The NY Times has an article up that quotes a bunch of professors complaining about "inappropriate" student email, where "inappropriate" means "not showing enough deference" “asking questions the professor thinks is stupid” or “providing feedback on the instructors performance.”
Most of the emails teachers complain about are notes I’d be happy to get. An email that says "I think you're covering the material too fast” is listed with messages that “go to far.” That’s silly. I’d love to know if any of my students thought I was going to fast, or too slow, or whatever.
Another professor complains about this email: "Should I buy a binder or a subject notebook? Since I'm a freshman, I'm not sure how to shop for school supplies. Would you let me know your recommendations? Thank you!" Apparently the teacher believed this was inappropriate because it wasn’t about the content of the course. But the kid is a new to college for God’s sake, and one of the things we are supposed to do with new students is teach them study skills. (The correct answer, by the way, is to get a large spiral notebook with pouches that you can put class handouts in and perforated pages so that you can turn in handwritten work without those irritating dangling fringe things.)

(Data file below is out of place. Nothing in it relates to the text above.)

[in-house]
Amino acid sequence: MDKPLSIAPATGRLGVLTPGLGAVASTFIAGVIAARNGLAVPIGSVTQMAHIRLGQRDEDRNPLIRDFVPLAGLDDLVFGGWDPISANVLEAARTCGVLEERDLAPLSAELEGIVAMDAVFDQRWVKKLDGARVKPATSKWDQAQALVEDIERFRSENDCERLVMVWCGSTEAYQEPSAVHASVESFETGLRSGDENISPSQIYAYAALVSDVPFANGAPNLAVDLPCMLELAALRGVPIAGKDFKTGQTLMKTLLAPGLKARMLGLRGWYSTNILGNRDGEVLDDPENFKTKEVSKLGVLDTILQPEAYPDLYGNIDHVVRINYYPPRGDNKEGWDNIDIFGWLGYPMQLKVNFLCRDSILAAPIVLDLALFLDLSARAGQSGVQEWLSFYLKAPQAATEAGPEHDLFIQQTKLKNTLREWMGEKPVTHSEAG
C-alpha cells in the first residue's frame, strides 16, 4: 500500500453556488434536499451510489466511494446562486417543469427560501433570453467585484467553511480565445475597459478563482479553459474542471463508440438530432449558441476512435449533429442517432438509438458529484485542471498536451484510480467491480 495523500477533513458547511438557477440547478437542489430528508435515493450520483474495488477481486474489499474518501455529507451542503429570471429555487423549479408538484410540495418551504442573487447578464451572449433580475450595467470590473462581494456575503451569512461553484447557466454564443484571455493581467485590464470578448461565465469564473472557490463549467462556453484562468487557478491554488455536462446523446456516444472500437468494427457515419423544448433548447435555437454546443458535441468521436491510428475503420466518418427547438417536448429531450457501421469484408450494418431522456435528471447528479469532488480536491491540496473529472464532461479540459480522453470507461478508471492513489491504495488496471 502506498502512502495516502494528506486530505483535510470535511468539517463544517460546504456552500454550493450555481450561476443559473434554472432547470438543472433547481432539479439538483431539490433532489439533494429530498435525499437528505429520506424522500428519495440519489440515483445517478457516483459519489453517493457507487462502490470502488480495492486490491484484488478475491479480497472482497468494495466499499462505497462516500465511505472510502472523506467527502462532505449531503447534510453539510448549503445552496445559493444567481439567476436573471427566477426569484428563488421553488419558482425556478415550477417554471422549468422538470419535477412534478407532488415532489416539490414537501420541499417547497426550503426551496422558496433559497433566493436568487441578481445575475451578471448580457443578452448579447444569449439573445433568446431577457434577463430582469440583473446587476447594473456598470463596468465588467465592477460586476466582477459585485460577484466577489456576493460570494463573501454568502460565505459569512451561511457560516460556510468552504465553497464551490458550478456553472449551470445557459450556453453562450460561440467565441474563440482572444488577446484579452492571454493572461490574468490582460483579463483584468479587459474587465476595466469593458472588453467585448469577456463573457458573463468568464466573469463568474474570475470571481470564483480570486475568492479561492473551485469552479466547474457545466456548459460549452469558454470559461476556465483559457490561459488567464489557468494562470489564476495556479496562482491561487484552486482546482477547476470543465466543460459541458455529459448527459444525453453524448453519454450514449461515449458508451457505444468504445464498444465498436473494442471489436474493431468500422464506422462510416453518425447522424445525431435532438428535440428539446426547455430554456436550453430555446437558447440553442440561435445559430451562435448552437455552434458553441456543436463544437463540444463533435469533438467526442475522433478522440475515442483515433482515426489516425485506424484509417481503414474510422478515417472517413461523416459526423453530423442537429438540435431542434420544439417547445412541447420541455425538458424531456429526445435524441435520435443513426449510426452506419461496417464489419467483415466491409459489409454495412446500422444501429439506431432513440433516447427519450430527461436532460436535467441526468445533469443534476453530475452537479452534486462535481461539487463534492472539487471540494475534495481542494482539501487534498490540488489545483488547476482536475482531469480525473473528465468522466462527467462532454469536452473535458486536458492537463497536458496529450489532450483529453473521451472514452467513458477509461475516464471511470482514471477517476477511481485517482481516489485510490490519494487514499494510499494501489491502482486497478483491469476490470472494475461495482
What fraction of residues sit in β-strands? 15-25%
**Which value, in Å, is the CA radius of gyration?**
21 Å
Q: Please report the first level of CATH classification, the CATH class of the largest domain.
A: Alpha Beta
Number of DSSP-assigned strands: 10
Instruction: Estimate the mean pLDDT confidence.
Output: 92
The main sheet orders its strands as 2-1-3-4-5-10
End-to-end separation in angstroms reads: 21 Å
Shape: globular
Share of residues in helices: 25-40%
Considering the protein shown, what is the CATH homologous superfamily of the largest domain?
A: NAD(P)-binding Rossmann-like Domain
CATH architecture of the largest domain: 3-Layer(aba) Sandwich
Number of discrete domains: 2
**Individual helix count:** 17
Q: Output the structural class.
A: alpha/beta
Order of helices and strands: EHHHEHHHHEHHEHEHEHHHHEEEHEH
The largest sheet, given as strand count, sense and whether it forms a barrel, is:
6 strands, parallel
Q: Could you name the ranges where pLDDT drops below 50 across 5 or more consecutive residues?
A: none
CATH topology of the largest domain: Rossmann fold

I can think of a few problems with student expectations of email, but most are simply extensions of other common student mistakes. No, I’m not going to be able to read 50 rough drafts the night before the paper is due. No, I’m not going to do your work for you: you will have to think this through yourself. None of these things really bother me: they certainly aren’t newsworthy. They just come with the territory.
I do have one question: how come students never use the subject line? Most student email says “(no subject.)” Is this because students are used to IMing?